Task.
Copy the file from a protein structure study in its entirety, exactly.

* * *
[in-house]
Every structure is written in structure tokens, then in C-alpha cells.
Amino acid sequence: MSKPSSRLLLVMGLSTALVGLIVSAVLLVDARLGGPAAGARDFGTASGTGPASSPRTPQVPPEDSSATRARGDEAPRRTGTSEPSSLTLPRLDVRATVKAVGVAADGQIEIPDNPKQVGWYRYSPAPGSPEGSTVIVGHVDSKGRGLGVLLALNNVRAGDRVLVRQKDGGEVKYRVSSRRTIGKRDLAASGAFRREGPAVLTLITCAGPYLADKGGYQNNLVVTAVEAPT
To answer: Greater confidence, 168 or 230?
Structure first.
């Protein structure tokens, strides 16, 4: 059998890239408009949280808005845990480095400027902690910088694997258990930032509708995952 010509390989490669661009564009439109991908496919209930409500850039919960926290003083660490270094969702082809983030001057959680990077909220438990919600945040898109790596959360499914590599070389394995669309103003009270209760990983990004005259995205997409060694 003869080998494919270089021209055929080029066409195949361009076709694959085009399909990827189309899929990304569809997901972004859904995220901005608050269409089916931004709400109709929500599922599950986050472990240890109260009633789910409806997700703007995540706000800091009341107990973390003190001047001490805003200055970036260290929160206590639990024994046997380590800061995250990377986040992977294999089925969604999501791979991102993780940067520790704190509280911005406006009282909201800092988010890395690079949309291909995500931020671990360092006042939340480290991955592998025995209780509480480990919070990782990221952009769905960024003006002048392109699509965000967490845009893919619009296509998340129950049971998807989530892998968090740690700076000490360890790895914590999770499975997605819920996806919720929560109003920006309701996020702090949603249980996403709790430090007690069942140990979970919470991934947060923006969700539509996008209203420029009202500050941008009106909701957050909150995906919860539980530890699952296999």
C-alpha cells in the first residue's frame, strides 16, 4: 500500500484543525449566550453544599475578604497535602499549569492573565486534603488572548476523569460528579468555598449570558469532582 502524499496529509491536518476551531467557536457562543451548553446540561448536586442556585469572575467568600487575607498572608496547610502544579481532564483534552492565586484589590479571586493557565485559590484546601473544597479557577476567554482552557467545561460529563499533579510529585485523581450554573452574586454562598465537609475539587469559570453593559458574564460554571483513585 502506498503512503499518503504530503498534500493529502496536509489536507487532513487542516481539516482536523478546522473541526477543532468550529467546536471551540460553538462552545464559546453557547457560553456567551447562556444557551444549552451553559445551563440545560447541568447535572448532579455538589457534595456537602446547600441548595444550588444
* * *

[in-house]
Every structure is written in structure tokens, then in C-alpha cells.
Amino acid sequence: MSKPSSRLLLVMGLSTALVGLIVSAVLLVDARLGGPAAGARDFGTASGTGPASSPRTPQVPPEDSSATRARGDEAPRRTGTSEPSSLTLPRLDVRATVKAVGVAADGQIEIPDNPKQVGWYRYSPAPGSPEGSTVIVGHVDSKGRGLGVLLALNNVRAGDRVLVRQKDGGEVKYRVSSRRTIGKRDLAASGAFRREGPAVLTLITCAGPYLADKGGYQNNLVVTAVEAPT
To answer: Greater confidence, 168 or 230?
Structure first.
């Protein structure tokens, strides 16, 4: 059998890239408009949280808005845990480095400027902690910088694997258990930032509708995952 010509390989490669661009564009439109991908496919209930409500850039919960926290003083660490270094969702082809983030001057959680990077909220438990919600945040898109790596959360499914590599070389394995669309103003009270209760990983990004005259995205997409060694 003869080998494919270089021209055929080029066409195949361009076709694959085009399909990827189309899929990304569809997901972004859904995220901005608050269409089916931004709400109709929500599922599950986050472990240890109260009633789910409806997700703007995540706000800091009341107990973390003190001047001490805003200055970036260290929160206590639990024994046997380590800061995250990377986040992977294999089925969604999501791979991102993780940067520790704190509280911005406006009282909201800092988010890395690079949309291909995500931020671990360092006042939340480290991955592998025995209780509480480990919070990782990221952009769905960024003006002048392109699509965000967490845009893919619009296509998340129950049971998807989530892998968090740690700076000490360890790895914590999770499975997605819920996806919720929560109003920006309701996020702090949603249980996403709790430090007690069942140990979970919470991934947060923006969700539509996008209203420029009202500050941008009106909701957050909150995906919860539980530890699952296999």
C-alpha cells in the first residue's frame, strides 16, 4: 500500500484543525449566550453544599475578604497535602499549569492573565486534603488572548476523569460528579468555598449570558469532582 502524499496529509491536518476551531467557536457562543451548553446540561448536586442556585469572575467568600487575607498572608496547610502544579481532564483534552492565586484589590479571586493557565485559590484546601473544597479557577476567554482552557467545561460529563499533579510529585485523581450554573452574586454562598465537609475539587469559570453593559458574564460554571483513585 502506498503512503499518503504530503498534500493529502496536509489536507487532513487542516481539516482536523478546522473541526477543532468550529467546536471551540460553538462552545464559546453557547457560553456567551447562556444557551444549552451553559445551563440545560447541568447535572448532579455538589457534595456537602446547600441548595444550588444